"Eve and Adam Set Free"
June 10, 2018
This week the Revised Common Lectionary invites us to consider the wild relationships that tied God, Eve and Adam together.
The two humans disobeyed God and ate from the forbidden tree. When confronted, Adam blamed Eve and Eve blamed the snake.
And (Who expected this?!?) God repented of the consequence promised for disobedience and did not put the two to death. (3:3) There were consequences but they were not fatal. (3:8-24)
For a time after Eve and Adam were expelled from Eden they considered trying to sneak back in. But the gate looked forbidding and the angel with the flaming sword incorruptible. So, with many a backward glance, the two began their journey over the face of the earth, looking for a place to dwell.
Some lands were too hot, others too cold. This place was a death place – a swamp. A few that looked just right proved to be populated by large carnivores whose urgent appetites threatened life and limb. Their long days of searching dragged into years.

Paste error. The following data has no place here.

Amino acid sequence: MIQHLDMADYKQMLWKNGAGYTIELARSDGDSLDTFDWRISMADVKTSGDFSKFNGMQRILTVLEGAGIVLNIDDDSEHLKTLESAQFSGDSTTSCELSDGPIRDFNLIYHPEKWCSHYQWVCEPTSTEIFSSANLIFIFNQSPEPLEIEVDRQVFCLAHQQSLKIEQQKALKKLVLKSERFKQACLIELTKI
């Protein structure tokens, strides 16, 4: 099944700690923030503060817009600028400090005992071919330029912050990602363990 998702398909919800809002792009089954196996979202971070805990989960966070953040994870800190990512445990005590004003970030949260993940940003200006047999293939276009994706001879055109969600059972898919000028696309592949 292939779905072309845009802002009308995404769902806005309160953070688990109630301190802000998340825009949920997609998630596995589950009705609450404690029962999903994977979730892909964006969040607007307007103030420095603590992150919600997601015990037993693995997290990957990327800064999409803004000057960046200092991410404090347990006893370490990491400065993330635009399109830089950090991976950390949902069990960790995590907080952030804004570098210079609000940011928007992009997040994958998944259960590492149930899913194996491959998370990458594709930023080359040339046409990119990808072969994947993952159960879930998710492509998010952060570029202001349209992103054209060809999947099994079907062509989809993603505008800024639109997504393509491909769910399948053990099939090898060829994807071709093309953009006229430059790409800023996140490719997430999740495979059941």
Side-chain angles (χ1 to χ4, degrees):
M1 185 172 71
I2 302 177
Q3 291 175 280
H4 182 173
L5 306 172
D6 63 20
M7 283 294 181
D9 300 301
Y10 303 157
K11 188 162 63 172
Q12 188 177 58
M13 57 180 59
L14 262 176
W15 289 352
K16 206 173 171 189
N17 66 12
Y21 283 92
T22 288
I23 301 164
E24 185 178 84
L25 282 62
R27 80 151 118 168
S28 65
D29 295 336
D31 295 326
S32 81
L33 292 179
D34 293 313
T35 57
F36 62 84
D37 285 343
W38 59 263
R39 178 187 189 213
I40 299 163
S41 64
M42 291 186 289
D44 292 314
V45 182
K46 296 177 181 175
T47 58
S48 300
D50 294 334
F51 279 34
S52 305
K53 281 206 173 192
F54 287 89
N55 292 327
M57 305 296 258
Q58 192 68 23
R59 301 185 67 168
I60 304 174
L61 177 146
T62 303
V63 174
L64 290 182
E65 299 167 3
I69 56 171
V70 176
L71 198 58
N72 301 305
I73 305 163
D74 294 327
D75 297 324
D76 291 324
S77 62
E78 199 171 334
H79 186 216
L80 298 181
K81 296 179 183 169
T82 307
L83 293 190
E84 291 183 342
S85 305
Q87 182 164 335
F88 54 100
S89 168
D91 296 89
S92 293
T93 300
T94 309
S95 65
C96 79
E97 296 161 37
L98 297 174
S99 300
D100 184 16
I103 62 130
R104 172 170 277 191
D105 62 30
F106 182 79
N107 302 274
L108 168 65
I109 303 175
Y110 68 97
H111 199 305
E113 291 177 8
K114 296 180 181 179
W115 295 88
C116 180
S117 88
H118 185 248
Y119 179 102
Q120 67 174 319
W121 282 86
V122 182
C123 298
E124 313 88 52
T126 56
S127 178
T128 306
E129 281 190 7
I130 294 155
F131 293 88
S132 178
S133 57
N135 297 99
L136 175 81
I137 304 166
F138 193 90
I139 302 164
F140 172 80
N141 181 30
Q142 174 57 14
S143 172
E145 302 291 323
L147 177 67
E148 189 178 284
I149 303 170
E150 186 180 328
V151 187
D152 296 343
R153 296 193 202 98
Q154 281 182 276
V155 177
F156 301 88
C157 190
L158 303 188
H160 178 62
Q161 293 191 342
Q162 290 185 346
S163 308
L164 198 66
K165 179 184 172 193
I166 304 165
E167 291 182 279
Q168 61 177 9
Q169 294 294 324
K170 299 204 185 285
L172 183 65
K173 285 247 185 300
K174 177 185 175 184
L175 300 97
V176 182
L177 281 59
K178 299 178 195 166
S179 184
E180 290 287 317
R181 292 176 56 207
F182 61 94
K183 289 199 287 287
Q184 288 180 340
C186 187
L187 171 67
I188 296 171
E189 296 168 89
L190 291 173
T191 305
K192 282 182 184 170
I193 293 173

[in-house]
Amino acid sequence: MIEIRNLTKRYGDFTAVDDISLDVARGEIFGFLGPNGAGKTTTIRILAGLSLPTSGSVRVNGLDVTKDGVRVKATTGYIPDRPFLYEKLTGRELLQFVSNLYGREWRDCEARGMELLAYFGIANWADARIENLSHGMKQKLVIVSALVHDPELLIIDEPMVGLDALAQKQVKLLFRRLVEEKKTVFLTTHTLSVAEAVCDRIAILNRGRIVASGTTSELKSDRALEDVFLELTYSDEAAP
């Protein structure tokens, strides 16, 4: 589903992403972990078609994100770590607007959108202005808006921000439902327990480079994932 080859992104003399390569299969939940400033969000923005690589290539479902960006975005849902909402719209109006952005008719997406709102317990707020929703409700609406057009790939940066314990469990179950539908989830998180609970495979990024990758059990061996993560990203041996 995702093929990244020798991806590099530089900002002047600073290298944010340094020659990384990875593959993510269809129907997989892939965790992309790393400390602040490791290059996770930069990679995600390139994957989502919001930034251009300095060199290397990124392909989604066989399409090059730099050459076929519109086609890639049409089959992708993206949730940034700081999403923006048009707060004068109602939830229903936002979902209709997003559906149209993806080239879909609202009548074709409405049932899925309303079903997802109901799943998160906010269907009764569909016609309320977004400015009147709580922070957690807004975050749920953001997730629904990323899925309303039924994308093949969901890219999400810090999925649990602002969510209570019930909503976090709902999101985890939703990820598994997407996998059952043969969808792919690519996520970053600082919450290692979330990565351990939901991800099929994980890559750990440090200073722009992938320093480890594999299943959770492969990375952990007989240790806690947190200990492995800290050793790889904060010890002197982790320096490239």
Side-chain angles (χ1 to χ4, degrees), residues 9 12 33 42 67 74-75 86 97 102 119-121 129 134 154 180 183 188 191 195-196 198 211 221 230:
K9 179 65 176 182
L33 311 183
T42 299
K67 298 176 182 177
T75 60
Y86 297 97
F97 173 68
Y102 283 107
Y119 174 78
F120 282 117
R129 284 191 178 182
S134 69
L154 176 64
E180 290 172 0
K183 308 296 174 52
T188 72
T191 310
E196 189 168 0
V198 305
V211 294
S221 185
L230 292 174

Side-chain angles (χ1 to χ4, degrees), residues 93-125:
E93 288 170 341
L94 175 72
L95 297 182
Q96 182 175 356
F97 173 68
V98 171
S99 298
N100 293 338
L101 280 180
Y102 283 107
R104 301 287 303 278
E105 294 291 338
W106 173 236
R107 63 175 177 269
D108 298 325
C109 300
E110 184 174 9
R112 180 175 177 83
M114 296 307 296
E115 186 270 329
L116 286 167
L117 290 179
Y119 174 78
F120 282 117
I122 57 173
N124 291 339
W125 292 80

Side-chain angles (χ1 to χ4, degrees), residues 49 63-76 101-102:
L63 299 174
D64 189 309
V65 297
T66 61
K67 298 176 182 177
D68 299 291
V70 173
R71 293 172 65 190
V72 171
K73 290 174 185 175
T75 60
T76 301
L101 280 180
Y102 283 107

Finally, Eve and Adam came to a large, fertile valley. Sweet grasses grew abundantly and a sparkling stream ran through it. Far up one of the valley walls was a clean, dry cave with an apron that caught the first rays of the dawn. Here the two settled down.
And things went well. They tilled the ground. They became parents.
To be sure, it wasn’t Eden. The day a skunk got into the butter crock, they wept and remembered the garden. The day the plow broke on a large rock, they cursed and blamed each other.
But then, one night in spring, when the air was soft and fragrant with the scent of new growth, the two lay on the apron of the cave, unable to sleep. The sky above them was splashed with stars. Every muscle in their bodies ached from the labors of the day.
Suddenly, Eve turned to Adam:
“Adam, God was wrong! This is what we were meant for!
To till the ground and raise our grain, to hunt and fish for meat.
To work all day in the hot sun and feel the sweat drying
on our bodies in the cool of the evening.
To try something and fail and try it again and fail
and keep on trying until it works.
To struggle to understand things that make us fear.
To feel hunger and thirst and pain – and hope!
THIS IS BETTER THAN EDEN, ADAM.
THIS IS WHAT WE WERE MEANT FOR.
GOD WAS WRONG, ADAM, GOD WAS WRONG!”
And God heard these defiant words flung into the deep well of space.
And hearing, God smiled.**
And God still smiles on people who are not quiet and submissive but creative, fierce, stubborn and full of life. After all, we are created in the Holy One’s image, are we not?
**Thanks to William Muehl for retelling this old rabbinic tale.